It’s not just bumblebees that come to nectar at this plant; when you see a bee with a darting flight, it could well be the hairy-footed Flower-bee (Anthophora plumipes).  This solitary bee has a massive tongue length of 14mm and can forage up to several km from their nest site. They are particularly fond of Lungwort and other plants with a high nectar reward such as Comfrey. The males are brown and the females are black with yellow hairs on the hind legs to collect pollen.Picture 1553 In our area, the females are more ginger coloured. You can easily recognize them as only the females have pollen baskets.

Anthophora plumipes

The flower-tube of Lungwort is too deep for honeybees so you will not see any of those drinking nectar; they may collect pollen though which they can reach.

The plant flowers from March to May and is always popular with long-tongued bumblebees and the solitary bee mentioned above.Picture 1554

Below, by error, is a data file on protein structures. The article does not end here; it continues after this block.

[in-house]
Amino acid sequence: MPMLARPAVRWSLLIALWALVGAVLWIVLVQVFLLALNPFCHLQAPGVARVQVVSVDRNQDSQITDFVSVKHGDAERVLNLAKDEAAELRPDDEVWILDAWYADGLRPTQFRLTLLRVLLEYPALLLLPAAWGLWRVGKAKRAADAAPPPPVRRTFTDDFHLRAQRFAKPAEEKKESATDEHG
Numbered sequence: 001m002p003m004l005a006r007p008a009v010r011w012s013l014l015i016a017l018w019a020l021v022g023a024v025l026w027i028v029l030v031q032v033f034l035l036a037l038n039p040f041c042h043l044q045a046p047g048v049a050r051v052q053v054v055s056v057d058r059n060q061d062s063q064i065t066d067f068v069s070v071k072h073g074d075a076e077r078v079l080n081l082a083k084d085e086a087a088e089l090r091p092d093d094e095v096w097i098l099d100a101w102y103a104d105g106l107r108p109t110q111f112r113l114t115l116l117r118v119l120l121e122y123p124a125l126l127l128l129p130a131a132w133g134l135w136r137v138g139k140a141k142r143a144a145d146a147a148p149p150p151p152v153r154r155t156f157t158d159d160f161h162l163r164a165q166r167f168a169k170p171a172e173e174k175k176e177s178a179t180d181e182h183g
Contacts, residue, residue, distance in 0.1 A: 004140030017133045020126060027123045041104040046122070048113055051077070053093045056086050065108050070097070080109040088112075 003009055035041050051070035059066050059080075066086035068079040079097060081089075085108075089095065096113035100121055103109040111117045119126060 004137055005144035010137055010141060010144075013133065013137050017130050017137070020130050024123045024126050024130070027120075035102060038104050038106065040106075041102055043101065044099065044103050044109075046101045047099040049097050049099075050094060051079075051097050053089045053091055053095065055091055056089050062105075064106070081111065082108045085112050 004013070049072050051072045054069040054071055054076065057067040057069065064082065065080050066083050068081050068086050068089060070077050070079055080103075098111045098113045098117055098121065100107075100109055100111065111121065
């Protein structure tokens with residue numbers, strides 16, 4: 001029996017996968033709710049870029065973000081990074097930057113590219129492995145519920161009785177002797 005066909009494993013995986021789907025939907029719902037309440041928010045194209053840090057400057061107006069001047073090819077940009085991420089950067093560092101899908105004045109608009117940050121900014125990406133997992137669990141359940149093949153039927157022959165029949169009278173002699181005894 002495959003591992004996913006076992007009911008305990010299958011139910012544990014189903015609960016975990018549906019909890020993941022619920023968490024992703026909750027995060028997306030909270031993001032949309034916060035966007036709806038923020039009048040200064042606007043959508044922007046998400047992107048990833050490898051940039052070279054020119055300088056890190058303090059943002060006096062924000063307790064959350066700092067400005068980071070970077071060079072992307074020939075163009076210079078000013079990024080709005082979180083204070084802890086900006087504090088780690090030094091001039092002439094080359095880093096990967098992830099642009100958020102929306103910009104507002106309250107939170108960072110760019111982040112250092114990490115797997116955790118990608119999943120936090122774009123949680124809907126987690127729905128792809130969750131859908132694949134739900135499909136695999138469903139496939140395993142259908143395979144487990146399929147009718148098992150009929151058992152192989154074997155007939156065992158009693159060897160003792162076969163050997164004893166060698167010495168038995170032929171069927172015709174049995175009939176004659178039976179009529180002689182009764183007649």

Its flowers are beautiful as you can see from the pictures. I grow this plant underneath trees and shrubs where it thrives.  There are many members in the Borage plant family that are good for pollinators: Forget-me-not, Viper’s bugloss, Alkanet, Comfrey. All well worth planting. 

Females of the hairy-footed flower bee live between 5-7 weeks on average. The females prepare 3-8 nests and each nest takes about 4 hours to complete. The females leave behind a scent after they have visited each flower so that they know which one to visit. This is efficient as the bee cannot afford to lose time visiting flowers that offer no nectar. They breed in soft walls and studies have revealed that some nesting places have existed for over 50 years (O’Toole and Raw, 1991)

Hairy footed flower bee tongue

A fascinating species indeed.